Flag-flying bill fails to gain support for revival
• Photo gallery: Rally for American flag
By Derrick DePledge
Advertiser Government Writer
Pulling threads of patriotism and freedom of expression, a state House lawmaker yesterday tried to free a bill that would allow residents of planned communities to erect flag poles and display the American or state flags.
The motion failed, but state Rep. Kymberly Pine, R-43rd ('Ewa Beach, Iroquois Point, Pu'uloa), the bill's sponsor, received a promise from majority House Democrats to explore a task force to study flag displays.
The bill had been deferred by state Rep. Rida Cabanilla, D-42nd (Waipahu, Honouliuli, 'Ewa), the chairwoman of the House Housing Committee, after no one came in person to testify in support at a committee hearing earlier this session. Only a few people offered written testimony.
But the issue took on a second life among some in the military veterans' community, then spread to talk radio, including a segment on conservative host Rusty Humphries' nationally syndicated show.
Pine and other minority Republicans urged veterans to come to the state Capitol yesterday, and dozens filled the House gallery, with many carrying large American flags.
Harold Alejandro, an Air Force and Army veteran whose experience of trying to display an American flag at his home in 'Ewa by Gentry prompted the bill, said he simply wanted to honor the memory of fallen soldiers in Iraq.
Restrictions by community associations, he said, holding a large American flag, "are doing dishonor to this flag."
Rodel Cruz, who served in the Navy and is now receiving guidance from U.S. Vets, an organization in Kalaeloa that helps homeless veterans, said he came to stand with Alejandro.
"Freedom is not free. We worked hard for it. We have that one thing in common — we served our country — I don't see why we can't raise our flag," he said.
Lawmakers have waded into the occasionally prickly relationships between residents and community associations over what is permissible in planned communities.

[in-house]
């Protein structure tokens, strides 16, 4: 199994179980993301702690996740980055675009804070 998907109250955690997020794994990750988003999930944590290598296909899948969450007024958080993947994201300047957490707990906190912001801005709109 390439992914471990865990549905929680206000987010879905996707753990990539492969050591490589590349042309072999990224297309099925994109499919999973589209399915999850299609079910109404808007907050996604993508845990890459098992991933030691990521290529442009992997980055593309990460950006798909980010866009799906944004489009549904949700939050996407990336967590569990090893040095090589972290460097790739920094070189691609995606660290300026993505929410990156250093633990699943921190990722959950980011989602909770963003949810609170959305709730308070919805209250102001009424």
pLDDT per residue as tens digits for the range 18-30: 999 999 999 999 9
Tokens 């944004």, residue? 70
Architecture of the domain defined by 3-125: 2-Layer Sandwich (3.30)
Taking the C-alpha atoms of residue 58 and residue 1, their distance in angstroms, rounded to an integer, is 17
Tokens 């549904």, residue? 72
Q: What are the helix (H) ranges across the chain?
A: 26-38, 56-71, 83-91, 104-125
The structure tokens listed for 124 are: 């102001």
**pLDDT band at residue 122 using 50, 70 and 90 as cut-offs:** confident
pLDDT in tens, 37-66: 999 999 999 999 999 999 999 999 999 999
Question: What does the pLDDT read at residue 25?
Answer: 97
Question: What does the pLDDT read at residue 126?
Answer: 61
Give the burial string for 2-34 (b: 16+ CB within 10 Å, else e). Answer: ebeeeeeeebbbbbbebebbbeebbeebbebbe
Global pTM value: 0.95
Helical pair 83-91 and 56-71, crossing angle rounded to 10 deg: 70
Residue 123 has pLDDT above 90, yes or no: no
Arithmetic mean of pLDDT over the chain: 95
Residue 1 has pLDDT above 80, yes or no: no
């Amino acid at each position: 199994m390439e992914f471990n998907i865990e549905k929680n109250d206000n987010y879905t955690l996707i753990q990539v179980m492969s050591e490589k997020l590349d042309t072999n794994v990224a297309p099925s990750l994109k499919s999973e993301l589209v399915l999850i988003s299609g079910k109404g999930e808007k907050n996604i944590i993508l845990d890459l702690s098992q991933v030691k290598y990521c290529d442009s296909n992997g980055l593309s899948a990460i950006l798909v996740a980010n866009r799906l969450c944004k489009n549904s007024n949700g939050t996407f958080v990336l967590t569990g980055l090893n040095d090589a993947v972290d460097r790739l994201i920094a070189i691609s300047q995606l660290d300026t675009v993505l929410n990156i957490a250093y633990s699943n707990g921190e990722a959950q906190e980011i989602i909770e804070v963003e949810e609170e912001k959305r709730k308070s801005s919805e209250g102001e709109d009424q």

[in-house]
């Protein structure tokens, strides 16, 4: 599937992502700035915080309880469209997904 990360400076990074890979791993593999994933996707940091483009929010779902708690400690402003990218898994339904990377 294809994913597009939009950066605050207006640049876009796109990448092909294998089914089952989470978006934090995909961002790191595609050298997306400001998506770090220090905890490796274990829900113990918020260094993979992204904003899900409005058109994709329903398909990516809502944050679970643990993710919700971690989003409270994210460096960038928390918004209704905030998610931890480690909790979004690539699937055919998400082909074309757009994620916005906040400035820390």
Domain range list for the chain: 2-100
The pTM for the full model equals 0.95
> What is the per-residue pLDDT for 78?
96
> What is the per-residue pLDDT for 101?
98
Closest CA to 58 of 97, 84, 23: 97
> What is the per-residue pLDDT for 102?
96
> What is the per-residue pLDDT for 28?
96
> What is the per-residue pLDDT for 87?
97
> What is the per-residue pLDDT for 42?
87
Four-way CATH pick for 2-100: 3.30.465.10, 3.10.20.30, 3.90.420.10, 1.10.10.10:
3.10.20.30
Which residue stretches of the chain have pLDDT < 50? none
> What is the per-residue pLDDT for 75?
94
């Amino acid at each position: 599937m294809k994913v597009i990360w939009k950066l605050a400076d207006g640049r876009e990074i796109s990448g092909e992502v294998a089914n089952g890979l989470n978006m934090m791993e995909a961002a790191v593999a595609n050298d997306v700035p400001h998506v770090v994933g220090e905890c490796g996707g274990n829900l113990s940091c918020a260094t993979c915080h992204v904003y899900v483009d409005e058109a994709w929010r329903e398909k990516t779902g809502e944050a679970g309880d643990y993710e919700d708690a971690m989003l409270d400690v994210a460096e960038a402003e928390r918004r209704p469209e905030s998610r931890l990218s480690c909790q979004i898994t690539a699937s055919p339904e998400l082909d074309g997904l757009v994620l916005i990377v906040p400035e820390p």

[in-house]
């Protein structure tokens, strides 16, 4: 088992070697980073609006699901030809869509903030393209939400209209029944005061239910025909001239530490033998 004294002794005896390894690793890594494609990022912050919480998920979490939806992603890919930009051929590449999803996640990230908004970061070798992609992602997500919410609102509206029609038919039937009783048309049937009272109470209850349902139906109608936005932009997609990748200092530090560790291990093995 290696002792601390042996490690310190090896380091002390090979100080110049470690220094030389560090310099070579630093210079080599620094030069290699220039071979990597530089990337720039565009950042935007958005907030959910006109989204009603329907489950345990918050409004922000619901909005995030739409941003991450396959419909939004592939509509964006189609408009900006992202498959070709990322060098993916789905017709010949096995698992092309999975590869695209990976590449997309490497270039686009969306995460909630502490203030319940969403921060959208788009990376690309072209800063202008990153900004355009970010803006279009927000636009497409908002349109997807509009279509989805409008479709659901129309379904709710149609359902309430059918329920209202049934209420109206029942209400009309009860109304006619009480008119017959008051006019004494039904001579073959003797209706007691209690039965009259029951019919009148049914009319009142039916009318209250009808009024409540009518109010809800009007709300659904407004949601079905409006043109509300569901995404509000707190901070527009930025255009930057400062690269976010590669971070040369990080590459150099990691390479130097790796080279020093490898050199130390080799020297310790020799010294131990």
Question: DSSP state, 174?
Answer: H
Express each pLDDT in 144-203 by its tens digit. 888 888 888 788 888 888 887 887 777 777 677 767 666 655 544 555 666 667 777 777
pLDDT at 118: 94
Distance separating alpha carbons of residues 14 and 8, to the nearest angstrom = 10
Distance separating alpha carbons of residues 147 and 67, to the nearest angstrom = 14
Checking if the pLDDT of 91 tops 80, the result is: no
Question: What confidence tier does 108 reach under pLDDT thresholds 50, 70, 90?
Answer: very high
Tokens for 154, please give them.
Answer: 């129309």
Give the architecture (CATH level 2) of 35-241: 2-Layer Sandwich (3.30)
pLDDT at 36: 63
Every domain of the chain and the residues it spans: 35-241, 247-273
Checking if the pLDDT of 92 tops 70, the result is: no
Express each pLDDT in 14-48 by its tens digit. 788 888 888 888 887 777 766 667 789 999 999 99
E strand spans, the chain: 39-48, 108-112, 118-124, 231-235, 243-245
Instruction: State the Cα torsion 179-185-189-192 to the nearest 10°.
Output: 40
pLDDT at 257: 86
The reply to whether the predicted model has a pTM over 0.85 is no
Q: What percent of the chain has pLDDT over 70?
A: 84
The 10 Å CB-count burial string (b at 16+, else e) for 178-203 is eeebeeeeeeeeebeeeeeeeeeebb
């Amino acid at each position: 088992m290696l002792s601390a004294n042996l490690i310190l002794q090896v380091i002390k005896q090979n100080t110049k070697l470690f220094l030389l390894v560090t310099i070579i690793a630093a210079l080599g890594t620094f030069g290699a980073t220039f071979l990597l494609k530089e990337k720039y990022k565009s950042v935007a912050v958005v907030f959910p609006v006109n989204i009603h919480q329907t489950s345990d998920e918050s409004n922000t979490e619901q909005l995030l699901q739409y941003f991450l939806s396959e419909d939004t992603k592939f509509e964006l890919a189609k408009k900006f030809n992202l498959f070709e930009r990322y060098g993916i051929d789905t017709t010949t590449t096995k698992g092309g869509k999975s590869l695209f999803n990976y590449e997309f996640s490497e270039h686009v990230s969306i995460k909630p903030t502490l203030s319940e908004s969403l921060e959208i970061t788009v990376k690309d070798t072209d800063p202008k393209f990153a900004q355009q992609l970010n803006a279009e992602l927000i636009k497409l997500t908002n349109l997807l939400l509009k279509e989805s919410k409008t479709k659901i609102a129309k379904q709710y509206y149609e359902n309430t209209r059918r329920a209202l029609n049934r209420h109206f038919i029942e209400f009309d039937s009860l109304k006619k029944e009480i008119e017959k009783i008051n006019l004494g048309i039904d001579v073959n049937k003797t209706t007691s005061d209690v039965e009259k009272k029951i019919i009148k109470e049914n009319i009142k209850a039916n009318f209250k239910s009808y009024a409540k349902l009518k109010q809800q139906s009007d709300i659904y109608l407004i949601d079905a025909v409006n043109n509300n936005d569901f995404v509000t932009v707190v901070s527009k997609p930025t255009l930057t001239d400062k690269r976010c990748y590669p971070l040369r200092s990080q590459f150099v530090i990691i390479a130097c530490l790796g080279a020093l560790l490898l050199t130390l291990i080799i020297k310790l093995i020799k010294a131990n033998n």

Last year, looking to reduce energy consumption, lawmakers passed a new law allowing residents in planned communities to hang clotheslines. Earlier this week, the House advanced a bill that would give community association boards the authority to install solar or wind energy devices in common areas of condominiums.
Pine's bill would allow community associations to restrict the size and location of flagpoles, but not to prohibit the displays.
An emotional Pine, whose husband serves in the Navy and was in the House gallery yesterday, said denying her recall motion, for veterans, is "like taking away air from their lungs."
Pine wanted to recall the bill from committee, a rare procedural motion that requires the votes of one-third — or 17 of 51 lawmakers — to succeed. Fourteen lawmakers — all six Republicans and eight Democrats — voted for the recall.
Some Democrats privately said Pine and other Republicans were being melodramatic, playing to veterans in the gallery and blurring the difference between flying an American flag and erecting a flagpole on your property.
State Rep. Hermina Morita, D-14th (Hanalei, Anahola, Kapa'a), said she does not believe the bill rises to the level of statewide importance.
"We have many important matters, especially given our budget situation, that we must take up," she said on the House floor.
Several veterans in the gallery booed Morita, including one man who said: "Sit down."
Other Democrats tried to defend a flustered Cabanilla, who is a lieutenant colonel and critical-care nurse in the Army Reserve. Cabanilla had said earlier that she is concerned about what would happen to flagpoles if residents lose interest and they become eyesores. But she made the offer of a task force yesterday.
State Rep. Karl Rhoads, D-28th (Pālama, Chinatown, Downtown), said it was not as if Cabanilla was a "pinko commie liberal that doesn't care about her country."